Minister's wife's death: Murder or suicide?

A magistrate looking into the death of Ms Sunanda Pushkar, the wife of junior minister Shashi Tharoor, says further investigations are needed to determine if it was suicide or murder.

It is understood a medical autopsy has ruled that she was "poisoned" by an overdose of drugs.

Sub-divisional magistrate Alok Sharma, who received the autopsy on Monday, has asked the Delhi police to look at both the suicide and murder angles, the Press Trust of India reported. He has also questioned Mr Tharoor and other family members and friends.

Ms Pushkar's body was discovered by Mr Tharoor, 57, junior human resources development minister, when he returned to their luxury hotel suite after a Congress party meeting last Friday.

When contacted, police spokesman Rajan Bhagat said: "We will examine the SDM (sub-divisional magistrate) report and then take a decision for the next course."

Under India's Criminal Procedure Code, a probe by a magistrate is the first step if the case involves suicide by a woman married for less than seven years.

Ms Pushkar and Mr Tharoor tied the knot in 2010 but rumours of problems in their marriage started circulating last year.

The couple were spotted together in recent months, celebrating the New Year in the southern state of Goa.

But in a sign that all was not well, two days before her death, Ms Pushkar took to Twitter to accuse Pakistani journalist Mehr Tarar of stalking her husband and her husband of adultery.

She later issued a joint statement with her husband maintaining that they were happily married and blamed the controversy on unauthorised tweets.

The mystery surrounding her death deepened when doctors conducting Saturday's autopsy described her death as "sudden and unnatural".

They also said they had found "certain injury marks" on her hands, though they clarified these had nothing to do with her death.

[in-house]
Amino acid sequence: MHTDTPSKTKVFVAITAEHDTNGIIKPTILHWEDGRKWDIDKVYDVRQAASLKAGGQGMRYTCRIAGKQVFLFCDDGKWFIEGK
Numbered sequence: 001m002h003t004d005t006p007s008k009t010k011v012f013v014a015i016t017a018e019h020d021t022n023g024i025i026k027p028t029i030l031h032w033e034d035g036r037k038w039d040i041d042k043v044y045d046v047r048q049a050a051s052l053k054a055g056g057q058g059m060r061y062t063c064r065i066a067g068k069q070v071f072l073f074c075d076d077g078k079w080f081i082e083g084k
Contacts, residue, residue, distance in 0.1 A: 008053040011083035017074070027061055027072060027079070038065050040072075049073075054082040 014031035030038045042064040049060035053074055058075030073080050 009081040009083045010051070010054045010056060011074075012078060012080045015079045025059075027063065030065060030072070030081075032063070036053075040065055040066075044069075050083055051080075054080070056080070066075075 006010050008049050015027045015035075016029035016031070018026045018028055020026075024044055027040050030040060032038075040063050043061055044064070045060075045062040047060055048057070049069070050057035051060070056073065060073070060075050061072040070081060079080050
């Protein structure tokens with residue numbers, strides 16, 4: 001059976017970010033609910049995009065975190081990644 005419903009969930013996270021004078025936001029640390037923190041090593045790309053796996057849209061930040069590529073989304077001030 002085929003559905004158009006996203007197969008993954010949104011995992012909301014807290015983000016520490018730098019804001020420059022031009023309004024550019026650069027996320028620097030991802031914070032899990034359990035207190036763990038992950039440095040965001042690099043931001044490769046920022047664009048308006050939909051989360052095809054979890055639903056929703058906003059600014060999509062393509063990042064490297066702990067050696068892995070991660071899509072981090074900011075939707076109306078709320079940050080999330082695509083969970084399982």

While the autopsy has suggested that she died from drug overdose, doctors said only a police investigation would determine if it was suicide, murder or accidental.

"Ultimately, the medical autopsy is just one part of a criminal investigation. The autopsy has to be interpreted in the given context. There are so many other corroborative evidences," Dr Amit Gupta, a professor of surgery from the All India Institute of Medical Sciences, told The Straits Times.

"They (the police) have to build a case around it."

The police are expected to move quickly, as home minister Sushil Kumar Shinde has asked investigators to fast-track the probe. Mr Tharoor himself asked for a speedy probe.

On Sunday, he said he was "horrified to read the reckless speculation" rampant in the media and wanted the truth out as soon as possible.

A former United Nations diplomat who entered politics five years ago, he has been looking at running for the parliamentary seat of Thiruvananthapuram in the southern state of Kerala. Elections are due within five months.

In 2009, Mr Tharoor won by a large margin. But the death of his wife under mysterious circumstances after a very public Twitter spat is expected to have an impact on his political career.

On Monday, Mr Tharoor said his wife spoke her mind. "She had a great sense of style and was an amazing cook: a feisty woman full of ambition and ideas," he was quoted as saying.

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